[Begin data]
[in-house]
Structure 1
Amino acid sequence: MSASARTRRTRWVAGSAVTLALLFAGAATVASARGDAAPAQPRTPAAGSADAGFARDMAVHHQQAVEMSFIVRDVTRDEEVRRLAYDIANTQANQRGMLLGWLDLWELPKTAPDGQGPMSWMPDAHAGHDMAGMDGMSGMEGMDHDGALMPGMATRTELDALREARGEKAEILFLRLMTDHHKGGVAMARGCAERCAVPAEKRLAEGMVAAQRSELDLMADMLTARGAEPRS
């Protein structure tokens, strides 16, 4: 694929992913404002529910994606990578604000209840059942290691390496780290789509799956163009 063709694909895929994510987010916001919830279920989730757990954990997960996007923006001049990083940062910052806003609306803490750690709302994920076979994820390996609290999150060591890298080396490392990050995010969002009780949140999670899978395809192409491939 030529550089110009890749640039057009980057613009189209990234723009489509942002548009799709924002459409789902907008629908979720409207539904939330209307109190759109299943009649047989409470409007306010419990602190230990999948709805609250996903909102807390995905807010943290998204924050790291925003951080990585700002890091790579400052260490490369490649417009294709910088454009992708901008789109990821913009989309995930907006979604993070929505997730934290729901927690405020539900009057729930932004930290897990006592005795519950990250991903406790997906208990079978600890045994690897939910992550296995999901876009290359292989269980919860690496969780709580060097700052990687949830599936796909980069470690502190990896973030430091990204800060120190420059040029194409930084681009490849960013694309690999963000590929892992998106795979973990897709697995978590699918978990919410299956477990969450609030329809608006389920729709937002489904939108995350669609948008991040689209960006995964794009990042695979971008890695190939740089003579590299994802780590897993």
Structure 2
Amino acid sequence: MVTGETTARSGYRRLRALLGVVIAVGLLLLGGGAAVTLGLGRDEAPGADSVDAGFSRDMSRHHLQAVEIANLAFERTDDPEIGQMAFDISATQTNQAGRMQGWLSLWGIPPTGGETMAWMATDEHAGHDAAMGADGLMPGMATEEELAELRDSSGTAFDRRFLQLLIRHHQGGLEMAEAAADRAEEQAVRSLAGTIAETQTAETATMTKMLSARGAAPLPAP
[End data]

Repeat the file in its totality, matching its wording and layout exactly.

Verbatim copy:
[in-house]
Structure 1
Amino acid sequence: MSASARTRRTRWVAGSAVTLALLFAGAATVASARGDAAPAQPRTPAAGSADAGFARDMAVHHQQAVEMSFIVRDVTRDEEVRRLAYDIANTQANQRGMLLGWLDLWELPKTAPDGQGPMSWMPDAHAGHDMAGMDGMSGMEGMDHDGALMPGMATRTELDALREARGEKAEILFLRLMTDHHKGGVAMARGCAERCAVPAEKRLAEGMVAAQRSELDLMADMLTARGAEPRS
């Protein structure tokens, strides 16, 4: 694929992913404002529910994606990578604000209840059942290691390496780290789509799956163009 063709694909895929994510987010916001919830279920989730757990954990997960996007923006001049990083940062910052806003609306803490750690709302994920076979994820390996609290999150060591890298080396490392990050995010969002009780949140999670899978395809192409491939 030529550089110009890749640039057009980057613009189209990234723009489509942002548009799709924002459409789902907008629908979720409207539904939330209307109190759109299943009649047989409470409007306010419990602190230990999948709805609250996903909102807390995905807010943290998204924050790291925003951080990585700002890091790579400052260490490369490649417009294709910088454009992708901008789109990821913009989309995930907006979604993070929505997730934290729901927690405020539900009057729930932004930290897990006592005795519950990250991903406790997906208990079978600890045994690897939910992550296995999901876009290359292989269980919860690496969780709580060097700052990687949830599936796909980069470690502190990896973030430091990204800060120190420059040029194409930084681009490849960013694309690999963000590929892992998106795979973990897709697995978590699918978990919410299956477990969450609030329809608006389920729709937002489904939108995350669609948008991040689209960006995964794009990042695979971008890695190939740089003579590299994802780590897993």
Structure 2
Amino acid sequence: MVTGETTARSGYRRLRALLGVVIAVGLLLLGGGAAVTLGLGRDEAPGADSVDAGFSRDMSRHHLQAVEIANLAFERTDDPEIGQMAFDISATQTNQAGRMQGWLSLWGIPPTGGETMAWMATDEHAGHDAAMGADGLMPGMATEEELAELRDSSGTAFDRRFLQLLIRHHQGGLEMAEAAADRAEEQAVRSLAGTIAETQTAETATMTKMLSARGAAPLPAP